Canadian investors have decided to put money and effort into a wind-powered crypto mining undertaking in Romania. To make it happen, they have finalized a deal to acquire a wind farm capable of producing enough energy to light the bulbs in over 30,000 homes. Driven by enthusiasm about the project, they have even added “Blockchain Power” to their company’s name.
Who Told Them About China?
It is unclear if the Canadians knew in advance about the closed-door meeting in Beijing on the use of electricity by bitcoin miners. Regardless, they have obviously made a strategic decision to spend their money several time zones to the west of the People’s Republic – in Dobrogea. The region is shared by the poorest EU member states – Romania and Bulgaria. It is a flat, wheat growing land, with no hills or mountains to stop the constant air currents from all cardinal directions. Wind farms are a common sight there.
The Ontario-based Transeastern Power Trust has just finalized a deal to acquire the Dorobantu wind park that had been developed there by OMV Petrom with a €90 million investment. The company intends to use the farm to power the mining facilities it is planning to set up in its vicinity. Cryptocurrencies, including bitcoin, will be mined there, according to Romanian media reports.
Transeastern completed the acquisition of the 45MW wind park using $23 million of short-term bridge financing and €2.8 million vendor financing from OMV Petrom. The debt will be repaid from the proceeds of the previously announced $40 million private placement scheduled to close in the first week of January. The utility company has already announced a decision to change its name to Blockchain Power Trust, in line with its focusing on mining virtual coins.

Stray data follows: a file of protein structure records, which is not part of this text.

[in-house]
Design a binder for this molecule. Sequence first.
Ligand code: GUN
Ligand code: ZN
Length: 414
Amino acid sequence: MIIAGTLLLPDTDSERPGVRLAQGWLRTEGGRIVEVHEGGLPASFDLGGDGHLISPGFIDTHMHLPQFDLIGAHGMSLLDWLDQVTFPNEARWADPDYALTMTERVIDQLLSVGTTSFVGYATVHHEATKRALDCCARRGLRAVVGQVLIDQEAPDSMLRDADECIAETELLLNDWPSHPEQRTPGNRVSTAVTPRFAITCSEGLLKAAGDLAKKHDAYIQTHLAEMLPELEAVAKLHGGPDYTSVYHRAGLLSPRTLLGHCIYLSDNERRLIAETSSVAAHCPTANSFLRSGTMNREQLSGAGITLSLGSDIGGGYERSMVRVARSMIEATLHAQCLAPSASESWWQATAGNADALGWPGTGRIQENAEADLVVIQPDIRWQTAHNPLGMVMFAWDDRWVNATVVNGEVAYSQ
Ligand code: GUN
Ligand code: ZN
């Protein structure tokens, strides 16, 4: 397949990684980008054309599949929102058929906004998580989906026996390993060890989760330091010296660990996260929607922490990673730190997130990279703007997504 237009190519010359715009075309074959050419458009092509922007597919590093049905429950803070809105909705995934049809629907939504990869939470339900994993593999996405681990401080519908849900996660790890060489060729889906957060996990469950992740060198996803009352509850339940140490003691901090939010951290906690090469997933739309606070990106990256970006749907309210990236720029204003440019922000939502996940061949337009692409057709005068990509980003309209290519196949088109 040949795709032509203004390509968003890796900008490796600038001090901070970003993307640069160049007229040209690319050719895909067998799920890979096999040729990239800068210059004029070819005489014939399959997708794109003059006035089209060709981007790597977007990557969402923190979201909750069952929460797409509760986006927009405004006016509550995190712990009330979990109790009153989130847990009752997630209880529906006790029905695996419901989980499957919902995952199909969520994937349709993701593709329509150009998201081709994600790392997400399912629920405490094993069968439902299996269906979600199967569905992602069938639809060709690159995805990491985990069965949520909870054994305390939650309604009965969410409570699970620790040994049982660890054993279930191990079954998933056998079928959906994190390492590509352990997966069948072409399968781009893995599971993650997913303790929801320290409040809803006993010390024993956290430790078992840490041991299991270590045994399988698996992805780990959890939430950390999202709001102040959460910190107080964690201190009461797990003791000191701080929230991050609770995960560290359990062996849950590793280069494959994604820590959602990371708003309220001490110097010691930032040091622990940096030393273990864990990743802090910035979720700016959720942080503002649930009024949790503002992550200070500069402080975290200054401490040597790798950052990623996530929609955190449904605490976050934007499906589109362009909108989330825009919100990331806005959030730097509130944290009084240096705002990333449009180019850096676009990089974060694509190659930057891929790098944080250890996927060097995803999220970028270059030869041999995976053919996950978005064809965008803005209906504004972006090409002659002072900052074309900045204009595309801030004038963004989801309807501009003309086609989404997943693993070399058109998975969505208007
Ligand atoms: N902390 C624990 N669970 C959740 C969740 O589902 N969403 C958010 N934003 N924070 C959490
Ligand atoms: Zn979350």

We believe we will be the pioneers of a new and robust business model, switching from a utility company to a vertically integrated cryptocurrency mining operation.
These are the words of Mr. J. Colter Eadie, Chief executive officer of Transeastern. He also added that the name change and the implementation of a new trading symbol will better reflect the Trust’s expansion into cryptocurrency mining powered predominantly by its self-generated, 100% renewable energy. The company is working on similar projects through its subsidiaries elsewhere in Europe, including the Netherlands.
Winds Will Blow Even If Coal Burns Out
The Canadian company has already entered into a non-binding agreement to buy mining equipment for which it expects to pay approximately $23 million. According to Transeastern, its new mining farm will have a processing power of 90.7 PH/s. That translates into generating about 30 bitcoins per day.
Chinese coal may burn out for crypto miners and gorgeous “Gorges” dams may dry out, but it is still a huge global village. From Romanian winds and Dutch waves, to bursting geysers in Iceland and sun catching mirrors in Arizona – there is a lot of energy to prove the work for Bitcoin.
And it’s not just about North Americans or Eastern Asians: Bitcoin is growing big in obscure corners of good ol’ Europe, too. Romanian cryptocurrency exchange CoinFlux announced last year that almost $24 million (100 million RON) worth of cryptos had been traded on its platform since its inception in late 2015, And those were figures from times when bitcoin was trading for a thousand dollars.
The Transeastern “Blockchain Power” Trust from Canada seeks to provide investors with “long-term, stable distributions, while preserving the capital value of its portfolio through investment”. Bitcoin mining sounds like something the company can utilize to deliver on that promise.
Do you think miners will relocate to other regions after China’s decision to quit preferential policies for them? Tell us in the comments section below.
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Author: Lubomir Tassev